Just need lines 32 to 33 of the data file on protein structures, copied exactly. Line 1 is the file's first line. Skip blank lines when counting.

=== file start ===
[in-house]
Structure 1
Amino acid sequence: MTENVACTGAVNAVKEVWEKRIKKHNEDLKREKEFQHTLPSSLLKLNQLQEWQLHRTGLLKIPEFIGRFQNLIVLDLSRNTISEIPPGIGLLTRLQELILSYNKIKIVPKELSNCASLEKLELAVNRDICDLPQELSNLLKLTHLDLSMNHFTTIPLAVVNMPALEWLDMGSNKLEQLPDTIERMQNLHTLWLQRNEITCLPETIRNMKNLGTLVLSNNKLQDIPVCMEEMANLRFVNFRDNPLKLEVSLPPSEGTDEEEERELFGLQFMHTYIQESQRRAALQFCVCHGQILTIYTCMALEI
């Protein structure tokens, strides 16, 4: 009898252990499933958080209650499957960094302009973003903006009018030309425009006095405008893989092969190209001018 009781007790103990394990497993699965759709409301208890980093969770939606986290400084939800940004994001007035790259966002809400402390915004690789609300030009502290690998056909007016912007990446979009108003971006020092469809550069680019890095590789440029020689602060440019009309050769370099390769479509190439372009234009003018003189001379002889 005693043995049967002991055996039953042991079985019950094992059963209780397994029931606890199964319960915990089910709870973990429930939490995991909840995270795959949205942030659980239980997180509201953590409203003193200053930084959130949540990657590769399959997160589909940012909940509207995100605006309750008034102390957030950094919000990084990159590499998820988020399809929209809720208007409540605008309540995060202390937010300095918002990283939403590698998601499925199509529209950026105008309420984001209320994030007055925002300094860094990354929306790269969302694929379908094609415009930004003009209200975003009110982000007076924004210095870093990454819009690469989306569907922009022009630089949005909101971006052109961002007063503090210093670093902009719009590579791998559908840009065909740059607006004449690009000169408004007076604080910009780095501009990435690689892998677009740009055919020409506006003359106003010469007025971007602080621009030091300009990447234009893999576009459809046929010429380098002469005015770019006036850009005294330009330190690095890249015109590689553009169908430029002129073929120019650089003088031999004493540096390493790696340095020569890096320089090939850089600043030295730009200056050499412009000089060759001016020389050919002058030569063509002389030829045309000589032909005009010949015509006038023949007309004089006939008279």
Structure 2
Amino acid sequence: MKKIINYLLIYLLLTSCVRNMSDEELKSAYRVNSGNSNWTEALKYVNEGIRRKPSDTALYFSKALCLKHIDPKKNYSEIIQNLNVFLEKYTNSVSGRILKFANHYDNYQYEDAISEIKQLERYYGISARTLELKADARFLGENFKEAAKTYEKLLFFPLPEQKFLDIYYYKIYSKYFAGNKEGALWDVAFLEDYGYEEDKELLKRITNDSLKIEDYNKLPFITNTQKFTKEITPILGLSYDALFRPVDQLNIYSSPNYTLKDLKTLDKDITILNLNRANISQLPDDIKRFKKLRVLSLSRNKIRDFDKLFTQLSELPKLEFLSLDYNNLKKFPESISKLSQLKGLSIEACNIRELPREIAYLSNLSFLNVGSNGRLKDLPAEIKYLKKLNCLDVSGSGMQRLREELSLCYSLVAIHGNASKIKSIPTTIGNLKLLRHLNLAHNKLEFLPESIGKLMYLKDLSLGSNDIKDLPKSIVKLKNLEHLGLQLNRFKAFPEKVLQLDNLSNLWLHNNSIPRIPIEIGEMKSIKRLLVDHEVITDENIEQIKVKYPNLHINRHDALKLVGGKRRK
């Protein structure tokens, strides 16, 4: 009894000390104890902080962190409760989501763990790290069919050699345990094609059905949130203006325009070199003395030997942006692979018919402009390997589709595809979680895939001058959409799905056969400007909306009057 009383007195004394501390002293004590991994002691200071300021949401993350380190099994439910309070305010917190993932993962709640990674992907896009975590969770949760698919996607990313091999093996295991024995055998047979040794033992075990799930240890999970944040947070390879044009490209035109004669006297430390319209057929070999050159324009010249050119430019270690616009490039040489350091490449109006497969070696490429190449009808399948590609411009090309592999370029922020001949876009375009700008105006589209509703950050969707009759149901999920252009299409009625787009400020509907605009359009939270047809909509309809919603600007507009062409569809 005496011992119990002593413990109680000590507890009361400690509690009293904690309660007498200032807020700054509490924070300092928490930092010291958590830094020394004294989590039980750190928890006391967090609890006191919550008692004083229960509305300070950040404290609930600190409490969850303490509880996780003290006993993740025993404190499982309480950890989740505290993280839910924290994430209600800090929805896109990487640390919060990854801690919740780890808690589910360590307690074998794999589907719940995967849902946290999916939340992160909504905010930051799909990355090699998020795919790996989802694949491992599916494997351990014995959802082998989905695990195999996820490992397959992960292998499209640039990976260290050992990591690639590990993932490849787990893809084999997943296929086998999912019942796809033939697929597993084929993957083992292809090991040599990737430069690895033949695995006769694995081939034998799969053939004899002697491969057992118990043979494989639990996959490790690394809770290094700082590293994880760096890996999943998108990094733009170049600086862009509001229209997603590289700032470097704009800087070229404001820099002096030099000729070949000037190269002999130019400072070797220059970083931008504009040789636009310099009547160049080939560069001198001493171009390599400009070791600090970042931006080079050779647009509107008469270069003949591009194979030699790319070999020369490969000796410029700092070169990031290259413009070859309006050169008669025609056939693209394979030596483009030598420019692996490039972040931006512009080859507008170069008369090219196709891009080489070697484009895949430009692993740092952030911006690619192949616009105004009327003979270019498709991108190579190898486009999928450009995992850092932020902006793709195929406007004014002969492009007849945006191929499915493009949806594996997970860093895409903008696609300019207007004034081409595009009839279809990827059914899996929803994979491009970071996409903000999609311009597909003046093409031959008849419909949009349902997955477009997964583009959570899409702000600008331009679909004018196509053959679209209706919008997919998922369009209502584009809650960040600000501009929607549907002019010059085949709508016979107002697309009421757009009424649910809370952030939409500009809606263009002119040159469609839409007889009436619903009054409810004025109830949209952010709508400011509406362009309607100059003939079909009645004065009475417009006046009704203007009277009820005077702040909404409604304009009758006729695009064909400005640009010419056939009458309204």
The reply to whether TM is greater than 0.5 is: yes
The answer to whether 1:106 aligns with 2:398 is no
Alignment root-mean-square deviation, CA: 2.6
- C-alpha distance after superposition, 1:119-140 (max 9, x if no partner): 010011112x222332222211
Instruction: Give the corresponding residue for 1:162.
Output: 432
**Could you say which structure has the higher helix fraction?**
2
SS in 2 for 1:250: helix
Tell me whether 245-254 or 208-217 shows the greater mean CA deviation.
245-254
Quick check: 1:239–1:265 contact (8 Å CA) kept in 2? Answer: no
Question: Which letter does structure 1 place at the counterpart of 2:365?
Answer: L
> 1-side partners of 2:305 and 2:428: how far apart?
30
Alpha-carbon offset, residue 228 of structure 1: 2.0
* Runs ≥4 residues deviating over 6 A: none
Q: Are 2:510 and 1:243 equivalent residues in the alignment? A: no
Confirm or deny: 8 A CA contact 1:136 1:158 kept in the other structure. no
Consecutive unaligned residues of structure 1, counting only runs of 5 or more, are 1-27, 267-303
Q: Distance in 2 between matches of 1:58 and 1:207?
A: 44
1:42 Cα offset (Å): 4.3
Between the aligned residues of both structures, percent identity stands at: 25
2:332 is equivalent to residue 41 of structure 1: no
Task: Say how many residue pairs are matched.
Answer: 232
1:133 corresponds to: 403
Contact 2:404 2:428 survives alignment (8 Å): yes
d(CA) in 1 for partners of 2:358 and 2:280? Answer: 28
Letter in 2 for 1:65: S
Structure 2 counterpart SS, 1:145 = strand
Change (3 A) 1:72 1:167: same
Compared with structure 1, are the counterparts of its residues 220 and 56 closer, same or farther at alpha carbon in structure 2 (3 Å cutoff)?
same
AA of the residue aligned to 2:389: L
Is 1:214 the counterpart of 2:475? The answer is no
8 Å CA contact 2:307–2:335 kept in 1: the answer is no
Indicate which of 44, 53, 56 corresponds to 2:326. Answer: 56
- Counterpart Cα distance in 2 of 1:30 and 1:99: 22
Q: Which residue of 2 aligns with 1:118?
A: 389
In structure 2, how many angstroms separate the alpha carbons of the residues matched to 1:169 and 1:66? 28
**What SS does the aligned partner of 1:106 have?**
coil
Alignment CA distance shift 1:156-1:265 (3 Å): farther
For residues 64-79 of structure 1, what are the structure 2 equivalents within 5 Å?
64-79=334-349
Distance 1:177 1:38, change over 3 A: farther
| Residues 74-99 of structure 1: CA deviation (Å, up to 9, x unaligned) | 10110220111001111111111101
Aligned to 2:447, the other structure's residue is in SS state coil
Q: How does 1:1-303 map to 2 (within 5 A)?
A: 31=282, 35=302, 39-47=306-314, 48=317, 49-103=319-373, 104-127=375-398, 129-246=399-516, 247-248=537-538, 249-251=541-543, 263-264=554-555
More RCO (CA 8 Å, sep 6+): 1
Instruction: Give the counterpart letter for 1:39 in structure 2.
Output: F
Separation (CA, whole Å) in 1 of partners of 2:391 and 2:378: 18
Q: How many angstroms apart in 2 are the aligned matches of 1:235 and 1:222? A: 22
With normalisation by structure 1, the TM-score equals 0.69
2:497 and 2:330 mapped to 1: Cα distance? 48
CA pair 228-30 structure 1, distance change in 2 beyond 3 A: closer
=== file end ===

Between the aligned residues of both structures, percent identity stands at: 25
2:332 is equivalent to residue 41 of structure 1: no